§ Mr. Heffer
Will my right hon. Friend and his right hon. Friends come off the cloud on which they have been sitting for some time and recognise the fact that the trade union movement was prepared to accept voluntary incomes policies for two and a half or three years but gave adequate notice to the Government that it was not prepared to accept a phase 4? Is it not clear that if we are to get out of the present situation we must recognise that reality, allow settlements to be reached on a free collective basis and face the fact that we shall have to deal with the resulting situation on the basis of those of us who pay rates having to pay more to meet the costs of wage settlements for people in the public services and elsewhere? We must not dodge the realities of the situation.
§ Mr. Healey
In this area, as so often in politics and government, Governments have to take account of a number of realities, and so do peoples. As the Conservative Party has occasionally had the courage to admit, if the average level of settlements this year is significantly above 5 per cent., it will not be possible to keep down the rate of inflation. That is a fact and there is no political argument that can get rid of it.
I have already explained that although we have had some excessive settlements they have so far been in areas where we had excessive settlements last year and their size has been significantly lower than last year's increases, except in the one case of the Ford Motor Company. It is the duty of myself and my right hon. Friends and, indeed, all my hon. Friends, as well as hon. Members opposite, to 1939 put these facts in front of the people continually until they finally recognise them.
The only alternative—and my hon. Friend the Member for Liverpool, Walton (Mr. Heffer) was beginning to recognise it in the latter part of his supplementary question—is to allow wages to rip and to be compelled to take the sort of action that the Government had to take in 1975–76 in rigid control of further wage increases, cuts in public expenditure and rises in taxation. I do not think that that is a prospect which my hon. Friend would relish in practice, however much he may contemplate it in theory.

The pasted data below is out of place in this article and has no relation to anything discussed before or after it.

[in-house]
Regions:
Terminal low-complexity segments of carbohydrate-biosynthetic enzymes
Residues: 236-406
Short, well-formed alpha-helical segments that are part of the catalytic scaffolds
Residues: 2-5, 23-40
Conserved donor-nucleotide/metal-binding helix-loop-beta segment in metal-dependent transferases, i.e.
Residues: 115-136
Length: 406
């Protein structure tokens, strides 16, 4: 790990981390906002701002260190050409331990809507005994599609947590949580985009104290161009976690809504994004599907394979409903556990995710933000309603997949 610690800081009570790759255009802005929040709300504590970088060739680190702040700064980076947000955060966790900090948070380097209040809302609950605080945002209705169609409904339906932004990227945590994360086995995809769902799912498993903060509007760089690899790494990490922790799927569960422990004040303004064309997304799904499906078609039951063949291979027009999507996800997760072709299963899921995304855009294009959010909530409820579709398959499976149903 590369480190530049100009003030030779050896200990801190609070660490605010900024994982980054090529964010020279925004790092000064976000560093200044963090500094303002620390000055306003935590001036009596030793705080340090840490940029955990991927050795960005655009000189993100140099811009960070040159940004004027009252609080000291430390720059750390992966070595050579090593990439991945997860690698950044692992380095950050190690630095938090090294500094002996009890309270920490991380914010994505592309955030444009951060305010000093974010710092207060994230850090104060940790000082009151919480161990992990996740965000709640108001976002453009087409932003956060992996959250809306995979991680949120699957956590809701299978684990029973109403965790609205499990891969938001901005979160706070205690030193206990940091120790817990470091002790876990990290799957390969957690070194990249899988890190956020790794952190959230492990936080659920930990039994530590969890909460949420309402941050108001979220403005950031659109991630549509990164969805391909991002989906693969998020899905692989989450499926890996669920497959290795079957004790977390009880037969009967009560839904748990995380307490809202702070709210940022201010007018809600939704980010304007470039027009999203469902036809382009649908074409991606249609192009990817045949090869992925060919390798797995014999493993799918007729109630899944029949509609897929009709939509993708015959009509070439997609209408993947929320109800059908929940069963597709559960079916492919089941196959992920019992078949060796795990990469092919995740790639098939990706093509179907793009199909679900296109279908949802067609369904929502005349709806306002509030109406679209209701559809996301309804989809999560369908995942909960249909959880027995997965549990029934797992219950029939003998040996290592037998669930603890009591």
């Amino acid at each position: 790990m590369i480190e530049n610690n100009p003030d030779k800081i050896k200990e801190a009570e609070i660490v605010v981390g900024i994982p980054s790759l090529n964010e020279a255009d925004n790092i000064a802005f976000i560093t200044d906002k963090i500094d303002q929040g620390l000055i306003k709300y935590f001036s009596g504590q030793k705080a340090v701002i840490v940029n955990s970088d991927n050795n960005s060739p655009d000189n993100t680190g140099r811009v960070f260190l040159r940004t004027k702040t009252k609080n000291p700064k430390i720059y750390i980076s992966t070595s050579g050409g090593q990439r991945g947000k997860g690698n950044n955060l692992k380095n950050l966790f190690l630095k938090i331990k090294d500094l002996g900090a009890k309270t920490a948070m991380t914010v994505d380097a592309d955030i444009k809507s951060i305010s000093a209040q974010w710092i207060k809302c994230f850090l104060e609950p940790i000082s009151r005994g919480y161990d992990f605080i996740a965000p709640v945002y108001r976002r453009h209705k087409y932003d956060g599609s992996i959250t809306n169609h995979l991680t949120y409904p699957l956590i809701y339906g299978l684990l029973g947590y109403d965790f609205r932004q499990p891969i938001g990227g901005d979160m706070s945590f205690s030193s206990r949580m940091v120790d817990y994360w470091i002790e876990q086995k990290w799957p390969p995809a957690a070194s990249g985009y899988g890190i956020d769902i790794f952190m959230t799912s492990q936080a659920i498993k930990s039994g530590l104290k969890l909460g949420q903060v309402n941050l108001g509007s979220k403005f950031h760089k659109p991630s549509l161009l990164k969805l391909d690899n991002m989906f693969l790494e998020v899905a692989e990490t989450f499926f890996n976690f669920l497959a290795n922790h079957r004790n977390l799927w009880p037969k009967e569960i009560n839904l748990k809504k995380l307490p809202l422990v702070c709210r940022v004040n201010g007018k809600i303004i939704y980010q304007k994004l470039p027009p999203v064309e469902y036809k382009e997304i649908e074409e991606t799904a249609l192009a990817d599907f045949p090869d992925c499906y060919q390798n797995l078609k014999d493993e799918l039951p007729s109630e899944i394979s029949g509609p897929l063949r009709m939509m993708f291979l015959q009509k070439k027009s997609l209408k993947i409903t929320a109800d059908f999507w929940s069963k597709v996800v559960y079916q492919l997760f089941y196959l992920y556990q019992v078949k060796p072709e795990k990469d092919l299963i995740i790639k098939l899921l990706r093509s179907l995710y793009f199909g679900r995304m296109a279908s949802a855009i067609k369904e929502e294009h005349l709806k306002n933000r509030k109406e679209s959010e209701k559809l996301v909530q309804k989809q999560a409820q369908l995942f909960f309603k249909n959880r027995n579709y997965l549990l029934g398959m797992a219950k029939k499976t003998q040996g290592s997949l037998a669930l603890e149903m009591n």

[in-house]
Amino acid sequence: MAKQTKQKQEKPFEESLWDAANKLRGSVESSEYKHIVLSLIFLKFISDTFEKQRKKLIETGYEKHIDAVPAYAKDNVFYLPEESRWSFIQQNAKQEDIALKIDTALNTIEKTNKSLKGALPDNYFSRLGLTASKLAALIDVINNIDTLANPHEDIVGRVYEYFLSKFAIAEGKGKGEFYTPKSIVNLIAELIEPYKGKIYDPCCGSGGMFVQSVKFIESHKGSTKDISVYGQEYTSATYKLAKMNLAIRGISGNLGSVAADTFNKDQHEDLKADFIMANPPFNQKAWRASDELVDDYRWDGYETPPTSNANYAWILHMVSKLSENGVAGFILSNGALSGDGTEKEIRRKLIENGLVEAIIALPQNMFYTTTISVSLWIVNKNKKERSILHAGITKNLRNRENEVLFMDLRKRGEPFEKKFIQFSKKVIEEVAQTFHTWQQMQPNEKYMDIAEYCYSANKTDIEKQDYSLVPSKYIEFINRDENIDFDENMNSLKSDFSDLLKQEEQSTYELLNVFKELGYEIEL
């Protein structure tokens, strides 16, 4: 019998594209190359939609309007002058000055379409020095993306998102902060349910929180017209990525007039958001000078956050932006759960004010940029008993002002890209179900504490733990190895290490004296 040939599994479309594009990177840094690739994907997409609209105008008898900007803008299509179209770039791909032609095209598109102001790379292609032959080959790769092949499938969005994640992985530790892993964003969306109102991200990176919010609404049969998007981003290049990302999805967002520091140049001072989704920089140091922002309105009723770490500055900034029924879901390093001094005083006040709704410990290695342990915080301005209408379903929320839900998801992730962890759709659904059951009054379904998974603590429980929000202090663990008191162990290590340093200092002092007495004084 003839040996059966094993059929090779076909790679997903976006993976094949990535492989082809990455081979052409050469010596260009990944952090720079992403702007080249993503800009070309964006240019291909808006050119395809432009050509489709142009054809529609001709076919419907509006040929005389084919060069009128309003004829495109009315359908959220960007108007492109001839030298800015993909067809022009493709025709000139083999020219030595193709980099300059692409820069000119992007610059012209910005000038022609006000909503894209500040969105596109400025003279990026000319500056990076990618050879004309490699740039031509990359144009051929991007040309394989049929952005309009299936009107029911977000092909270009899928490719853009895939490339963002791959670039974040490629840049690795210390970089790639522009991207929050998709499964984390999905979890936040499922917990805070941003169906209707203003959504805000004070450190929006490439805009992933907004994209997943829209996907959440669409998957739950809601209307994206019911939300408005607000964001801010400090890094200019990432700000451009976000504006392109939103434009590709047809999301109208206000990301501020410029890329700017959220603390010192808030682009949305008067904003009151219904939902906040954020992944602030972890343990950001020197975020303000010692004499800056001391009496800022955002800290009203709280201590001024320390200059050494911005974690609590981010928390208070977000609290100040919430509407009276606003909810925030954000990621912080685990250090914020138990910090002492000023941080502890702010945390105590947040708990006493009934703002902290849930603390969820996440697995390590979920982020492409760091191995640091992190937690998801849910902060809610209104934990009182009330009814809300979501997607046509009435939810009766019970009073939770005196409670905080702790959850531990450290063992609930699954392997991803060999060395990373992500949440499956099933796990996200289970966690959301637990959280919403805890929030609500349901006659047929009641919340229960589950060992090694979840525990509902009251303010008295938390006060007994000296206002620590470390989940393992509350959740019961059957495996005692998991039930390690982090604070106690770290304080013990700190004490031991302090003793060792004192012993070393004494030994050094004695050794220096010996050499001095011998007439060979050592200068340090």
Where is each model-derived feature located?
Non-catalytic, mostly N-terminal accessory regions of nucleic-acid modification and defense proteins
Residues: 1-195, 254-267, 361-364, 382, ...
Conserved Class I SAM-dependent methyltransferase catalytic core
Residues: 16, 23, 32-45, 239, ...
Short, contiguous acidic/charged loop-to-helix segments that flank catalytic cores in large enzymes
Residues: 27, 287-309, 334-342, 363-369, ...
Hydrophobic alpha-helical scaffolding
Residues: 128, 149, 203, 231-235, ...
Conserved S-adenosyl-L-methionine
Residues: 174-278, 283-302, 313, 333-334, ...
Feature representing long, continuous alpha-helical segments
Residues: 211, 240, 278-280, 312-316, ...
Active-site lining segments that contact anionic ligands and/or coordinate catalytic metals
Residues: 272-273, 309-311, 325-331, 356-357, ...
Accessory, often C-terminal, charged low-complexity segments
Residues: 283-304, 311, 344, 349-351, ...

§ Sir Geoffrey Howe
Will the Chancellor recognise that it is high time that he stopped lecturing the Opposition on pay responsibility? Is he not aware that he should count himself profoundly lucky—and I mean this seriously—that in virtually every statement that I and my right hon. and hon. Friends make on this issue we impress upon those concerned with pay bargaining the need to achieve moderate settlements in line with moderate targets of monetary growth if we are to achieve a sensible solution without rising unemployment?
Will the right hon. Gentleman recognise that the threat to achieving sensible outcomes from responsible collective bargaining arises from the intolerable sanctions that are being imposed on employers who are trying to achieve sensible results by the increasingly disorganised bands of labour which represent the unacceptable face of what used to be called the trade union movement?
§ Mr. Healey
I never complain about having the right hon. and learned Gentleman as the Shadow Chancellor of the Exchequer. That is something which I welcome and I hope that it will continue for many years. On the substance of what the right hon. and learned Gentleman said, the speeches of Conservative Members would be more convincing if they had supported the Government's attempt to achieve settlements in line with what the Opposition say is necessary, had not tied our hands behind our back by robbing us of the sanctions weapon in the private sector, had not pressed consistently for policies that would increase prices, particularly in agriculture, and had not gone out of their way on every occa- 1940 sion—and this applies particularly to the right hon. and learned Gentleman—to insult the trade unionists whose support and responsibility they are canvassing.